December 10, 2007
New Jersey on path to kill its moribund death penalty
As detailed in this New York Times article, New Jersey's legislature took its first major step toward abolishing the state's death penalty. Here are details:
The New Jersey Senate voted Monday to make the state the first in the country to repeal the death penalty since the United States Supreme Court allowed executions to resume in 1976 and established the nation’s current system of capital punishment. Passage in the Senate was seen as the bill’s biggest obstacle, and in the end it was approved 21 to 16, receiving the bare minimum number of votes required.
Legislators on both sides of the debate expect the measure to pass easily on Thursday in the Assembly, where the Democrats enjoy a 50-to-30 majority. Gov. Jon S. Corzine, a staunch opponent of the death penalty, has repeatedly said he would sign a measure ending executions....
Opponents of the death penalty said today that they hoped that New Jersey’s action would re-energize movements in states that have recently voted down abolition bills and serve as a catalyst for other states to revisit their capital punishment laws....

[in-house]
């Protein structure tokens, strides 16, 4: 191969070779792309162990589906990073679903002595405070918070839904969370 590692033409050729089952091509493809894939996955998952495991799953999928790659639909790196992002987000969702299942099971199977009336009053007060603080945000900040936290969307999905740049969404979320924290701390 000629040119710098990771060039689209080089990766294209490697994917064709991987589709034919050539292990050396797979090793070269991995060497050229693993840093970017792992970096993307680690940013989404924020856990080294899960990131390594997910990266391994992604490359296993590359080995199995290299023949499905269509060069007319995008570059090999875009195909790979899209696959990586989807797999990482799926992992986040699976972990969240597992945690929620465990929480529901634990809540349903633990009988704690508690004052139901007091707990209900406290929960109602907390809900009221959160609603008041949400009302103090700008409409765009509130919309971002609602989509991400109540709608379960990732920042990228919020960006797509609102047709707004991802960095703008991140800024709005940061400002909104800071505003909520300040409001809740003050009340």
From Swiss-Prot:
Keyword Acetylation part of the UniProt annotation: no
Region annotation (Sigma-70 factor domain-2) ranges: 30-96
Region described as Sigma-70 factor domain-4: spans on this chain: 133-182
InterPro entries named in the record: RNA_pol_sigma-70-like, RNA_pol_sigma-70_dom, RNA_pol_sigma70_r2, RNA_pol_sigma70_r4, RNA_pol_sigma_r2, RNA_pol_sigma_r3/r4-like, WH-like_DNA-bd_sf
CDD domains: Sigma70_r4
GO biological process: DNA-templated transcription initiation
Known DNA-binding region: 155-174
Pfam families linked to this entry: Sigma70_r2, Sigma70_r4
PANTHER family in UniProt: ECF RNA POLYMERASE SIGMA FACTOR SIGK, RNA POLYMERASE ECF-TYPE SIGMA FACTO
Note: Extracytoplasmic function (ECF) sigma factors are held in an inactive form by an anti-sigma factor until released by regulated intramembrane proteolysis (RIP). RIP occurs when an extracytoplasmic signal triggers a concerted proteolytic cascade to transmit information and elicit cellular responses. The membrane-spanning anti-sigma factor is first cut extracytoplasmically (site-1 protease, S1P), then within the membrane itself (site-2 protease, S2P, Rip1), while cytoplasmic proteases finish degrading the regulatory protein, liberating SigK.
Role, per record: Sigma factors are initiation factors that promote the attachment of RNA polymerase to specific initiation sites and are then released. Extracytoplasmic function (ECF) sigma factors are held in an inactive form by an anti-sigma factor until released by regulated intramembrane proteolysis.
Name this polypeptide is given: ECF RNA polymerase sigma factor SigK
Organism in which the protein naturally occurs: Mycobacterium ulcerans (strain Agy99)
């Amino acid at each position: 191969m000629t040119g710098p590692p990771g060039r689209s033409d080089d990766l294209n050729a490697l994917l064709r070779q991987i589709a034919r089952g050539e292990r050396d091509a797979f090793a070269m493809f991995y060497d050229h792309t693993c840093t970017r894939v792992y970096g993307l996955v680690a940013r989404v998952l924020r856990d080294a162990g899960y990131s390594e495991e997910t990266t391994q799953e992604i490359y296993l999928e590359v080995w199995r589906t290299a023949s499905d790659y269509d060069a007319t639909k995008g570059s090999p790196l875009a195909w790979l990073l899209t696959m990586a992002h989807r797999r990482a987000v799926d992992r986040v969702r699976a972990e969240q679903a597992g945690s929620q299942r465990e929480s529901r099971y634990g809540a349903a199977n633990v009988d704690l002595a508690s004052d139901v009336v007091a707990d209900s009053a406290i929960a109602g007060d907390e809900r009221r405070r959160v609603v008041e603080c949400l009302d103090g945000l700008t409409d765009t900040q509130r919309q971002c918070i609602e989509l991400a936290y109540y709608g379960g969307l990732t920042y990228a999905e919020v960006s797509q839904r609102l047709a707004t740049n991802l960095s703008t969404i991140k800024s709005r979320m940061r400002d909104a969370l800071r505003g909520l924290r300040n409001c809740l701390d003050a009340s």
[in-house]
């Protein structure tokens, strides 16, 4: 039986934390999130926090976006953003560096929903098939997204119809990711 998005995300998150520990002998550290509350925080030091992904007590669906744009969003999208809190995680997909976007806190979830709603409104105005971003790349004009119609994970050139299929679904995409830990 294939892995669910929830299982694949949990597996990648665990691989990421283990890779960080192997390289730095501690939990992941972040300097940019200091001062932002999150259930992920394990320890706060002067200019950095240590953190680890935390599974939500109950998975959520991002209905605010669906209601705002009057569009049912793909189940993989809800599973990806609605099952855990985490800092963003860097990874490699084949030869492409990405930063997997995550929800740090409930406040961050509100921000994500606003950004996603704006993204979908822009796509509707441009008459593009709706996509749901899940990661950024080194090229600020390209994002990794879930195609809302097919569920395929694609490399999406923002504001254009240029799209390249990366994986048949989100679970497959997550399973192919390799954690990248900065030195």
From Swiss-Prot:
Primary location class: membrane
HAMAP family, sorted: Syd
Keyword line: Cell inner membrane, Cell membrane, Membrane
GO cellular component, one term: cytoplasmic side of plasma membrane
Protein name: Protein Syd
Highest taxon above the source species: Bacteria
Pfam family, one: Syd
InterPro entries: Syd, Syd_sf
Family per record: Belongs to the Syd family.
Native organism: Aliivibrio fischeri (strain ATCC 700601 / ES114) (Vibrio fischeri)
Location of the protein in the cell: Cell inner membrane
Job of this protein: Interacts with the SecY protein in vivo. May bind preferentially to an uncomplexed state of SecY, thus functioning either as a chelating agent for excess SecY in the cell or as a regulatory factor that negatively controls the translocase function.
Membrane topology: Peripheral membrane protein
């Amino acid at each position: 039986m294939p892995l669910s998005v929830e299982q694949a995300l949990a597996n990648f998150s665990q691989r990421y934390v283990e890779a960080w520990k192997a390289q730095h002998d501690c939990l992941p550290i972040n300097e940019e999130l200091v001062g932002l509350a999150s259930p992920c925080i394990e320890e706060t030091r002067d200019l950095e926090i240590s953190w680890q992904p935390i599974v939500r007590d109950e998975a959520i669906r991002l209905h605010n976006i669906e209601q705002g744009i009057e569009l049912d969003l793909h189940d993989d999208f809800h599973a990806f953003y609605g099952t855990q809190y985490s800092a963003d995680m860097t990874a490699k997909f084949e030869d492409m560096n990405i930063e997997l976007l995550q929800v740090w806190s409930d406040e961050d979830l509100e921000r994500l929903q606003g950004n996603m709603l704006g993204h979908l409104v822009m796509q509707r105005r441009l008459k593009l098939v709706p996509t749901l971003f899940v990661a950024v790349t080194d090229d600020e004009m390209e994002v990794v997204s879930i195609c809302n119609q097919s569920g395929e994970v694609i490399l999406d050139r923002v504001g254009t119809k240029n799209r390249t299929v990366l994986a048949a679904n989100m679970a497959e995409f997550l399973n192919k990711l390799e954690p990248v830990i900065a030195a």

While the Senate vote mainly broke down along party lines, four Republicans did break from the party leadership and vote for the bill. Three of them — Mr. Martin, James J. McCullough and Joseph A. Palaia — will not be returning to the Senate when the new Legislature is seated next month.
Earlier in the day, legislation to replace the death penalty with life in prison and no chance of parole was approved by the General Assembly’s Law and Public Safety Committee.
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December 10, 2007 at 08:41 PM | Permalink
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I'm just a student who's been reading blogs about Jersey and law, and this one caught my attention. I've been fascinated with death penalty cases, and I've read a few blog posts already about the removal of the death penalty in the state of NJ. My focus on this issue has been in states where this is removed, is there any credible change or difference in crime deterance, positive or negative. This is what I've been researching and reading about.
Posted by: NJ Girl | Nov 18, 2008 2:47:26 PM